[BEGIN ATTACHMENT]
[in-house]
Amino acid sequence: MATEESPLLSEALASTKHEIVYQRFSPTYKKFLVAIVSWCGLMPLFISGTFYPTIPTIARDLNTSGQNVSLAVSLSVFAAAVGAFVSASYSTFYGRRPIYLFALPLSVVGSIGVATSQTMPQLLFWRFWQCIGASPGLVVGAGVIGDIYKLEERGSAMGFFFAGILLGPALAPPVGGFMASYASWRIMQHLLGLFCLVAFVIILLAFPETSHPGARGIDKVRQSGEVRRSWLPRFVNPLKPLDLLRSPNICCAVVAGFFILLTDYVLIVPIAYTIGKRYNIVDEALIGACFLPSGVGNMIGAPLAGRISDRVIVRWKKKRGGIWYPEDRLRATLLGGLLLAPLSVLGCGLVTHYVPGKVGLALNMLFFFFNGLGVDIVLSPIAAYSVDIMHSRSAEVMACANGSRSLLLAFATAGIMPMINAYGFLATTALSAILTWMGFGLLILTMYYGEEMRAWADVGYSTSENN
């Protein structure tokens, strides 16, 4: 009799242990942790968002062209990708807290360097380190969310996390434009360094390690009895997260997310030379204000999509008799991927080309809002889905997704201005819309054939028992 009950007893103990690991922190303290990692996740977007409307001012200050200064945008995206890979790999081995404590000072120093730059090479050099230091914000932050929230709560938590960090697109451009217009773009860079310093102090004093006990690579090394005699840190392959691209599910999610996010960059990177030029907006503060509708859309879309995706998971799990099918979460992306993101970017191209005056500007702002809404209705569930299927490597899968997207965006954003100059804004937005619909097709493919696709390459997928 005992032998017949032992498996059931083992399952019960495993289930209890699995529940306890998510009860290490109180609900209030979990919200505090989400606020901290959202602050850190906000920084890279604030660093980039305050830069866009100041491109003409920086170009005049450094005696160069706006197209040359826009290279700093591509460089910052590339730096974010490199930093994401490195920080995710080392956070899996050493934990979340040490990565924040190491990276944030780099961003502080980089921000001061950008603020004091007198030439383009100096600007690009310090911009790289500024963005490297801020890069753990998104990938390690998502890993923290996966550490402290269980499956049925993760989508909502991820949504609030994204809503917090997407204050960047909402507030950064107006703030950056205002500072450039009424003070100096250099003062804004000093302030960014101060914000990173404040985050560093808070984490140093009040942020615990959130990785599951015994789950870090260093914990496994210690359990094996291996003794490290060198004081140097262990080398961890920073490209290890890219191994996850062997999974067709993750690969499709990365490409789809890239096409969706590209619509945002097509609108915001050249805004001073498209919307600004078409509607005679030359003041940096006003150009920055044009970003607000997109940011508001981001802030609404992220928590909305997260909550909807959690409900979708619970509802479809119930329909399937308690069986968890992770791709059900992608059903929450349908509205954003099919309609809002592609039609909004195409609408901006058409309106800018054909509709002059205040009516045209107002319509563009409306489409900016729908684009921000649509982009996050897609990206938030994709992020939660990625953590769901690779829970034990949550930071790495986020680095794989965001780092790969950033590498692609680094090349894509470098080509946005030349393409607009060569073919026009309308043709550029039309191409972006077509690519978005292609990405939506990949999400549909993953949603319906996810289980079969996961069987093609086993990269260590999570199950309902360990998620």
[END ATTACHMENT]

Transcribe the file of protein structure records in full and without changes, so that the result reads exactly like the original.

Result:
[in-house]
Amino acid sequence: MATEESPLLSEALASTKHEIVYQRFSPTYKKFLVAIVSWCGLMPLFISGTFYPTIPTIARDLNTSGQNVSLAVSLSVFAAAVGAFVSASYSTFYGRRPIYLFALPLSVVGSIGVATSQTMPQLLFWRFWQCIGASPGLVVGAGVIGDIYKLEERGSAMGFFFAGILLGPALAPPVGGFMASYASWRIMQHLLGLFCLVAFVIILLAFPETSHPGARGIDKVRQSGEVRRSWLPRFVNPLKPLDLLRSPNICCAVVAGFFILLTDYVLIVPIAYTIGKRYNIVDEALIGACFLPSGVGNMIGAPLAGRISDRVIVRWKKKRGGIWYPEDRLRATLLGGLLLAPLSVLGCGLVTHYVPGKVGLALNMLFFFFNGLGVDIVLSPIAAYSVDIMHSRSAEVMACANGSRSLLLAFATAGIMPMINAYGFLATTALSAILTWMGFGLLILTMYYGEEMRAWADVGYSTSENN
């Protein structure tokens, strides 16, 4: 009799242990942790968002062209990708807290360097380190969310996390434009360094390690009895997260997310030379204000999509008799991927080309809002889905997704201005819309054939028992 009950007893103990690991922190303290990692996740977007409307001012200050200064945008995206890979790999081995404590000072120093730059090479050099230091914000932050929230709560938590960090697109451009217009773009860079310093102090004093006990690579090394005699840190392959691209599910999610996010960059990177030029907006503060509708859309879309995706998971799990099918979460992306993101970017191209005056500007702002809404209705569930299927490597899968997207965006954003100059804004937005619909097709493919696709390459997928 005992032998017949032992498996059931083992399952019960495993289930209890699995529940306890998510009860290490109180609900209030979990919200505090989400606020901290959202602050850190906000920084890279604030660093980039305050830069866009100041491109003409920086170009005049450094005696160069706006197209040359826009290279700093591509460089910052590339730096974010490199930093994401490195920080995710080392956070899996050493934990979340040490990565924040190491990276944030780099961003502080980089921000001061950008603020004091007198030439383009100096600007690009310090911009790289500024963005490297801020890069753990998104990938390690998502890993923290996966550490402290269980499956049925993760989508909502991820949504609030994204809503917090997407204050960047909402507030950064107006703030950056205002500072450039009424003070100096250099003062804004000093302030960014101060914000990173404040985050560093808070984490140093009040942020615990959130990785599951015994789950870090260093914990496994210690359990094996291996003794490290060198004081140097262990080398961890920073490209290890890219191994996850062997999974067709993750690969499709990365490409789809890239096409969706590209619509945002097509609108915001050249805004001073498209919307600004078409509607005679030359003041940096006003150009920055044009970003607000997109940011508001981001802030609404992220928590909305997260909550909807959690409900979708619970509802479809119930329909399937308690069986968890992770791709059900992608059903929450349908509205954003099919309609809002592609039609909004195409609408901006058409309106800018054909509709002059205040009516045209107002319509563009409306489409900016729908684009921000649509982009996050897609990206938030994709992020939660990625953590769901690779829970034990949550930071790495986020680095794989965001780092790969950033590498692609680094090349894509470098080509946005030349393409607009060569073919026009309308043709550029039309191409972006077509690519978005292609990405939506990949999400549909993953949603319906996810289980079969996961069987093609086993990269260590999570199950309902360990998620």